The eurozone economy will contract by a record 7.7 percent this year because of the Covid-19 pandemic and inflation will almost disappear while public debt and budget deficits will balloon, the European Commission forecast on Wednesday.
“Europe is experiencing an economic shock without precedent since the Great Depression,” European Commissioner for Economic and Financial Affairs Paolo Gentiloni said.
“Both the depth of the recession and the strength of recovery will be uneven, conditioned by the speed at which lockdowns can be lifted, the importance of services like tourism in each economy and by each country’s financial resources,” he said.
The Commission forecast that, as the economy contracts this year, consumer prices will almost stagnate. The inflation rate will slow to 0.2 percent in 2020, before accelerating to 1.1 percent next year, when the eurozone is to return to growth of 6.3 percent. Investment will plunge 13.3 percent this year, it said.
The effort to keep economies alive will boost budget deficits in the eurozone to an aggregate 8.5 percent of GDP this year from 0.6 percent last year, before the aggregate gap shrinks again to 3.5 percent in 2021.
A surge in public debt, however, will take longer to undo, the Commission said, forecasting that eurozone debt will jump to 102.7 percent of GDP this year from 86 percent last year, and receding only to 98.8 percent in 2021.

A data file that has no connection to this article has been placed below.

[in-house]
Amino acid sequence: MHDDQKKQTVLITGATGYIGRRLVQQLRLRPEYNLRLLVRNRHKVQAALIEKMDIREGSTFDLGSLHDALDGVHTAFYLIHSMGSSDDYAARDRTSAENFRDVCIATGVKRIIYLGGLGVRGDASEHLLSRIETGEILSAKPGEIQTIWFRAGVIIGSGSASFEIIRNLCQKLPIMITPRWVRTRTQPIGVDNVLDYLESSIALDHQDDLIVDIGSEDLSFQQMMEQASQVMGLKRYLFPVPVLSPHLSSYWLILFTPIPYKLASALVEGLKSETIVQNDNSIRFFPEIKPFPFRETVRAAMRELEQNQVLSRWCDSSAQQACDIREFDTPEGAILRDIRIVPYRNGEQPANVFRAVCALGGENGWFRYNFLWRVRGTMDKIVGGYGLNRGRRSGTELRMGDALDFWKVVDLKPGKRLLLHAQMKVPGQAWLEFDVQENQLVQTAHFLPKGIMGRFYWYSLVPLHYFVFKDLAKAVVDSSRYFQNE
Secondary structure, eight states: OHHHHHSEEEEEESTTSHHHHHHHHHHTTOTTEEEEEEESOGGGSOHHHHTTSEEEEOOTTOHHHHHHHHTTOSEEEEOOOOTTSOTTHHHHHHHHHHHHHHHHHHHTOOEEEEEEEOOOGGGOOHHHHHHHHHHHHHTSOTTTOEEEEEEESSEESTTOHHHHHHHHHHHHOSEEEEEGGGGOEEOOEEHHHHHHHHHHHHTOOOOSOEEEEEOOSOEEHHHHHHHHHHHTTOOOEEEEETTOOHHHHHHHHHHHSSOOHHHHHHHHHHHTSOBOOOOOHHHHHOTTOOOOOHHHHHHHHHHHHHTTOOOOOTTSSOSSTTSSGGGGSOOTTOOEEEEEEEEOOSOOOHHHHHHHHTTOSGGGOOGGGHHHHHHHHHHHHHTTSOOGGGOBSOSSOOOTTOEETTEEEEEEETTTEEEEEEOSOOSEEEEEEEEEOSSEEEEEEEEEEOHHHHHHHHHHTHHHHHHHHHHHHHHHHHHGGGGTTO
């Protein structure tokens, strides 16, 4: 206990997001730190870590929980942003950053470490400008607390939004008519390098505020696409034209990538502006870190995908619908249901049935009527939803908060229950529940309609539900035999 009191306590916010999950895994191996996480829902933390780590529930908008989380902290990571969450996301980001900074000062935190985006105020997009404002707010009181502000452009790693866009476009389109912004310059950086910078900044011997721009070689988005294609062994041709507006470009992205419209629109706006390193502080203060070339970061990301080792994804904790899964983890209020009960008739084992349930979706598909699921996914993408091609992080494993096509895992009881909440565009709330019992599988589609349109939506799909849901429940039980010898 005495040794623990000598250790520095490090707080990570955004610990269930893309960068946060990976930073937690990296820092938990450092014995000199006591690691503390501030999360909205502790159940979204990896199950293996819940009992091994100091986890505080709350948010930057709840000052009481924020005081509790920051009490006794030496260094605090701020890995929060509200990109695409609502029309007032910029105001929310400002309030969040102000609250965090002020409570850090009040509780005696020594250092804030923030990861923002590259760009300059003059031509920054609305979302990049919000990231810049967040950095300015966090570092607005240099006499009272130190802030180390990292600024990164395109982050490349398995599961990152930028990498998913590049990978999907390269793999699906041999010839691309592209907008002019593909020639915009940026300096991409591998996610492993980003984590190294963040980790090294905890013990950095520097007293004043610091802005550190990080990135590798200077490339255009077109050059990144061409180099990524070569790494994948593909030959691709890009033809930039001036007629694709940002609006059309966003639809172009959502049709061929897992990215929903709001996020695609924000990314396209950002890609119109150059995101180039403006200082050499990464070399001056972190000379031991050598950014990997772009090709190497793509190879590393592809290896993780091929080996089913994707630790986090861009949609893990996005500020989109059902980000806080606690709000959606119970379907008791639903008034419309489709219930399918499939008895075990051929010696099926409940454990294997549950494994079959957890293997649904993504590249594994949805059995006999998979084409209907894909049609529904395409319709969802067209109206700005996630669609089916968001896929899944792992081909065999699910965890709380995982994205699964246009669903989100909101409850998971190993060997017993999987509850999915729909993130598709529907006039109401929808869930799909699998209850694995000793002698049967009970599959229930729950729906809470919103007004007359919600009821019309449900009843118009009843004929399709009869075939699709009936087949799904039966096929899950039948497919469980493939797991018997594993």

Italy, Greece, Spain and Portugal will be among the hardest hit by the economic effects of the pandemic, while Luxembourg, Malta and Austria are to weather the shock better.
Greek GDP is to contract the most, by 9.7 percent, with Italy recording the second deepest recession of 9.5 percent and Spain 9.4 percent.
The budget deficit of Italy, the EU country hardest hit by the coronavirus, will surge the most to 11.1 percent of GDP this year from 1.6 percent last year, but will fall back to 5.6 percent in 2021, the Commission forecast.
Spain’s deficit will just exceed 10 percent this year, up from 2.8 percent in 2019 and France will be close behind with a budget gap of 9.9 percent this year. The Commission expects it to fall to 4.0 percent next year.
Italy’s public debt will also record the biggest increase this year to 158.9 percent of GDP from 134.8 percent in 2019. It is seen falling to 153.6 percent in 2021, the Commission said.